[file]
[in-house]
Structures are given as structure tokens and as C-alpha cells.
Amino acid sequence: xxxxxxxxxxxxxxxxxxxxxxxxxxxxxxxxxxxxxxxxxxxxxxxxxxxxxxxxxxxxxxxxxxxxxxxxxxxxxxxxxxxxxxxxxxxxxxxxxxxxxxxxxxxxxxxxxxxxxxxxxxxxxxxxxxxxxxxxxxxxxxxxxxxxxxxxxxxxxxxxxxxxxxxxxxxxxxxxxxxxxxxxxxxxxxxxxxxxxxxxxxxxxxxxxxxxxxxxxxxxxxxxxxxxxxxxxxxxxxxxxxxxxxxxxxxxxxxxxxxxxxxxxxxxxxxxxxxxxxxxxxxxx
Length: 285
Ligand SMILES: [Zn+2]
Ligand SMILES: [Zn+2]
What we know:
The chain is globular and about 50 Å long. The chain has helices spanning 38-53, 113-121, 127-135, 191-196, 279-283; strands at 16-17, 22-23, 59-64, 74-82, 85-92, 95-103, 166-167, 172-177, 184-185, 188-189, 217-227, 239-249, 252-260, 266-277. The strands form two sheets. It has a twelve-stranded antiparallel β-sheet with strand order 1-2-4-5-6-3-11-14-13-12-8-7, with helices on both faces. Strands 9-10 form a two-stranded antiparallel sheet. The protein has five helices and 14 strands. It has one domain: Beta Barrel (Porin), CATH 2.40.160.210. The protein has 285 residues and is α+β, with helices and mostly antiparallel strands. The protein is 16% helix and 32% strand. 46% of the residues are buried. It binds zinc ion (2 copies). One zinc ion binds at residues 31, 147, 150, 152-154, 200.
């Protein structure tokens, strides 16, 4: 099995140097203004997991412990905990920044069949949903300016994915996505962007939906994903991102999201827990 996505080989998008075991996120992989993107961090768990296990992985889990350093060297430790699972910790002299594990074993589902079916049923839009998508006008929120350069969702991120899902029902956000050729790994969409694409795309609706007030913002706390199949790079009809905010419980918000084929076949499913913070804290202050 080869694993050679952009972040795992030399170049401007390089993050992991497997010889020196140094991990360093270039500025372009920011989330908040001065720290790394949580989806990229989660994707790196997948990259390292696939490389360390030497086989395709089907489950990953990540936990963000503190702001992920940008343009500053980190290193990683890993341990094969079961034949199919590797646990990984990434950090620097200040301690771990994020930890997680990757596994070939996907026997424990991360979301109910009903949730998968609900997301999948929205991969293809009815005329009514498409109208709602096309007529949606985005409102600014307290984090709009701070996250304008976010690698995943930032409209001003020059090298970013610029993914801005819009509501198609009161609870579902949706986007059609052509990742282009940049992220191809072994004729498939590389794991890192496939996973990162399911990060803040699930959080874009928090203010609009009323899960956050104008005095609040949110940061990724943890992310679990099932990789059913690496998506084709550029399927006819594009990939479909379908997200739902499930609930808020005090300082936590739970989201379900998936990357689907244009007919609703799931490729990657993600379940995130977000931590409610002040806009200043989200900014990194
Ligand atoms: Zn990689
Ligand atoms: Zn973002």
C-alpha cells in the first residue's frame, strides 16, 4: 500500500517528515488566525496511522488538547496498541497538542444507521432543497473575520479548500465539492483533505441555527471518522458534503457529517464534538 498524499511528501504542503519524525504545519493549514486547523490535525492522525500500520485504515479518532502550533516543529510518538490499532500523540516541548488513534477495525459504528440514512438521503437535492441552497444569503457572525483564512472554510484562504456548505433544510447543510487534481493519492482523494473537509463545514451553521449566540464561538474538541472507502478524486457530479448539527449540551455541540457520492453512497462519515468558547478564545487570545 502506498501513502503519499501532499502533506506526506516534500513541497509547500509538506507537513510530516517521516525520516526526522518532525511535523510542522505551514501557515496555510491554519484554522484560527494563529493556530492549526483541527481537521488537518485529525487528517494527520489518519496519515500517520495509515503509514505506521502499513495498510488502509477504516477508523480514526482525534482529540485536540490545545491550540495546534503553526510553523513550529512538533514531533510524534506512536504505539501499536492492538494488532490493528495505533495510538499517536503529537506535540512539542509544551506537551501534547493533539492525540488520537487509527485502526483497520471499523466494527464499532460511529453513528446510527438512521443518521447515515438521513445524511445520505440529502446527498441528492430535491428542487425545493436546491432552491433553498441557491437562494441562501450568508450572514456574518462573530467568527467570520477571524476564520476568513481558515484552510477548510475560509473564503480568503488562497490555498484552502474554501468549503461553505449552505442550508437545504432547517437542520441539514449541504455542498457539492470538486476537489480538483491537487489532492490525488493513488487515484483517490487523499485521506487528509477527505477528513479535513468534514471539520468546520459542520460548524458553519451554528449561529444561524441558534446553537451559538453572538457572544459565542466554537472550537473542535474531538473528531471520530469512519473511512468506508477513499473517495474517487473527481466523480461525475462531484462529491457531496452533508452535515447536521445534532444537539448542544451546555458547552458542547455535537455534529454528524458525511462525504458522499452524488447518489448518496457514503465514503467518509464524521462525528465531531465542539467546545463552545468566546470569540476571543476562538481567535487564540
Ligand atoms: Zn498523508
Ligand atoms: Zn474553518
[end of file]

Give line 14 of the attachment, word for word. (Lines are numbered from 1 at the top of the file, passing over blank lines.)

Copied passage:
Ligand atoms: Zn474553518